Reported By: Eric Murrow
The loading period that stressed the snowpack from snowfall and wind has largely come to an end. Natural avalanche activity will be unlikely, but you are still likely to trigger an avalanche on the most suspect slopes that face northwest through north through east especially terrain the has been recently drifted from northwest winds. Remote triggering slopes from below or adjacent terrain remains a concern.
The recent strong northwest winds have built fresh slabs on slopes above treeline. Many of these fresh slabs will overlap deeper, more concerning weak layers but on southerly facing slopes the potential avalanches will remain shallow.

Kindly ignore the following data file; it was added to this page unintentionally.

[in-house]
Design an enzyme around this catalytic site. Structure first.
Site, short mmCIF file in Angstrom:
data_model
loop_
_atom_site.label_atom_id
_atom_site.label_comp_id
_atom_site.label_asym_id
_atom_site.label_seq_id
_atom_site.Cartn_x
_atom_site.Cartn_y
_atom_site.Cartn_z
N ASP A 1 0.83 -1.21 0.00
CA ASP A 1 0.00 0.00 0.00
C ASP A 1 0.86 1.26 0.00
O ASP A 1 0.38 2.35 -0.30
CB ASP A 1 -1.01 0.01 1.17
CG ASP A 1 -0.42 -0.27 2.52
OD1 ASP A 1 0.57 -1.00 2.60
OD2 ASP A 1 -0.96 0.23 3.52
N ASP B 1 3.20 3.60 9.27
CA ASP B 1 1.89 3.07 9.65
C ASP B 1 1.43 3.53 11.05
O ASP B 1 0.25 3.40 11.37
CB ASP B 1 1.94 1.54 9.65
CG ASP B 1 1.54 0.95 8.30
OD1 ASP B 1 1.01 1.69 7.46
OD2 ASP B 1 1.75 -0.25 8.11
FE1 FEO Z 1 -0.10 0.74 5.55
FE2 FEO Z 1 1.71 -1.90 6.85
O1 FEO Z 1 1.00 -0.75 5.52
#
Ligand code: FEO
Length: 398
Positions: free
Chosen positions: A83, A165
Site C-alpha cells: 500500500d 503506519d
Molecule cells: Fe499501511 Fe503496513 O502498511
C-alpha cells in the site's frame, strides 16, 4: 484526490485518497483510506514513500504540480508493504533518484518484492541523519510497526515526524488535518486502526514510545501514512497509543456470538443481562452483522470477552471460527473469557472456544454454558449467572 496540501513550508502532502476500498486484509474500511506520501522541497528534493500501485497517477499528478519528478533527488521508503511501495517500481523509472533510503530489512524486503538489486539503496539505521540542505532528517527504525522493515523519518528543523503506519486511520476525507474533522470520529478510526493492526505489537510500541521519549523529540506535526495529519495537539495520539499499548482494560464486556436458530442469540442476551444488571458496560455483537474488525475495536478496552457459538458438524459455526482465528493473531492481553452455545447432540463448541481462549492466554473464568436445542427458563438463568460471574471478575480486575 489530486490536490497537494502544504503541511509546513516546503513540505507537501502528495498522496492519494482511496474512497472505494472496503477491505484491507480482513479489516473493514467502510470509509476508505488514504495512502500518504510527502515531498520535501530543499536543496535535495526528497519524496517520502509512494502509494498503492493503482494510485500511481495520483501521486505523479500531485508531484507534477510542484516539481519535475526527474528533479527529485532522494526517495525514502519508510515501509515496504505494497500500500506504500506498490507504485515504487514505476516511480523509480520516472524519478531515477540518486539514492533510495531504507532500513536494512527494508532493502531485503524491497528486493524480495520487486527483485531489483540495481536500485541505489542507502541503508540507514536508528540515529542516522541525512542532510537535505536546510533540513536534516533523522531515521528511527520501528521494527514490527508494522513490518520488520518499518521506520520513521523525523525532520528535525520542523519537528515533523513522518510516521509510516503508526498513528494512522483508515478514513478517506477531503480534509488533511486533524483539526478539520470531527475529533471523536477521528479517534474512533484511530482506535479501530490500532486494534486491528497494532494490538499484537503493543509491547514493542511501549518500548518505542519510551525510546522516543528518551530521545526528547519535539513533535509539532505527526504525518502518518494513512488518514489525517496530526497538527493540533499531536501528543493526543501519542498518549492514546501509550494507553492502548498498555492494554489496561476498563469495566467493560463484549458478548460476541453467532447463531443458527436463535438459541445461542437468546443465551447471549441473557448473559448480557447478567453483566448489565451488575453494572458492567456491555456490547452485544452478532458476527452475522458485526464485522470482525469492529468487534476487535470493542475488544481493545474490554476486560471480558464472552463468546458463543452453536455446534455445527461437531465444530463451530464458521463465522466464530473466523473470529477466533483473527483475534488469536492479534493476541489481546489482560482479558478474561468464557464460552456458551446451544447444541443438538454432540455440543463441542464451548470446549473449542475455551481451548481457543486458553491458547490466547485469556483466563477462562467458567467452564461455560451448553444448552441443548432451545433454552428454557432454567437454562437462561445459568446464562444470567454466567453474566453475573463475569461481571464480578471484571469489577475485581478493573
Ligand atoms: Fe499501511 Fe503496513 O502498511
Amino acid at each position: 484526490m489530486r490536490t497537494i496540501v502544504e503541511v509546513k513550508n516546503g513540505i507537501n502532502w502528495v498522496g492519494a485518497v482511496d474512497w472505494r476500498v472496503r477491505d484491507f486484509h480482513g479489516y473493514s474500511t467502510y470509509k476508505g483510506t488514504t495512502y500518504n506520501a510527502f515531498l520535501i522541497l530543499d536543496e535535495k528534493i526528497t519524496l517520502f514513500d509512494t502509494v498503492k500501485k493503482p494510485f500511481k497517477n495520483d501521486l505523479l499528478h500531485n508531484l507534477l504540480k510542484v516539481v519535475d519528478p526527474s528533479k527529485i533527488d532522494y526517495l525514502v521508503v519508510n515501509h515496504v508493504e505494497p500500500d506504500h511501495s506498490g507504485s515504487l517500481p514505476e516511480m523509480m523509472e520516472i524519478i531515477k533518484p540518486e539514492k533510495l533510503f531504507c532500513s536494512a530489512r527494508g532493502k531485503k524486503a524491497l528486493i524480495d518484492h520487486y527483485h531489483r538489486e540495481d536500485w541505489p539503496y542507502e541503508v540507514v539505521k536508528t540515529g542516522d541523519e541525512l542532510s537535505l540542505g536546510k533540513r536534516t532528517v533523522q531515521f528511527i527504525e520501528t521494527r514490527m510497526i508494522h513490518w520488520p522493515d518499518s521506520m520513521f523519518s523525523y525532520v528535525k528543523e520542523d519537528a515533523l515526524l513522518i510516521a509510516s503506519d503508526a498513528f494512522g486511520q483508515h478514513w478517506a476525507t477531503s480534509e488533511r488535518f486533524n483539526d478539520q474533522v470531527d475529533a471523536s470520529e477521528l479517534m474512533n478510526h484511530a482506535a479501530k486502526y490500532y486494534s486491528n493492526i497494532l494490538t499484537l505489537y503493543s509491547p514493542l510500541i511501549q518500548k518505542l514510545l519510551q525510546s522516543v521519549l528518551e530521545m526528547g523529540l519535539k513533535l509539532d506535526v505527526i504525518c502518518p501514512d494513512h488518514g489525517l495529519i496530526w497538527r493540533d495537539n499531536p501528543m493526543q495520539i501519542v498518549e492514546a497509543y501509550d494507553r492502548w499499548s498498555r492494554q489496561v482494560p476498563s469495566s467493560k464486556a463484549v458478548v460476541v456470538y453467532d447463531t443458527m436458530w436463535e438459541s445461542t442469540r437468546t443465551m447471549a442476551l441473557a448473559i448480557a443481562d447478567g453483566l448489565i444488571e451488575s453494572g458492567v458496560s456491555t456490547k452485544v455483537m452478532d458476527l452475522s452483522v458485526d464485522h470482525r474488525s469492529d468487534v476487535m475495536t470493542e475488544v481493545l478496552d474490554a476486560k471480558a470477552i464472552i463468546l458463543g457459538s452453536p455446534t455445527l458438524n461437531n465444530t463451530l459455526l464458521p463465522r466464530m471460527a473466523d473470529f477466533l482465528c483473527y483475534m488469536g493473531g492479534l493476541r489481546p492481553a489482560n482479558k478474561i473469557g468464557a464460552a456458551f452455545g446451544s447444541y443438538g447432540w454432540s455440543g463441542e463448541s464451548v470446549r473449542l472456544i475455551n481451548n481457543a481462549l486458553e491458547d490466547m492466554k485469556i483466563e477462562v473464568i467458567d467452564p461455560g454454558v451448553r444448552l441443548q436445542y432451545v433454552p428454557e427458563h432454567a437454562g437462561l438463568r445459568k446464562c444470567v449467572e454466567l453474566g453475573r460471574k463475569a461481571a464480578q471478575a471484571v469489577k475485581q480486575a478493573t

Today it will continue to be prudent to reduce slope angle to 30 degrees or less if you are traveling on terrain that faces the north half of the compass or has been recently drifted, to reduce your risk of triggering a dangerous avalanche. Southerly terrain that has not been recently drifted will offer a reduced likelihood of triggering an avalanche.
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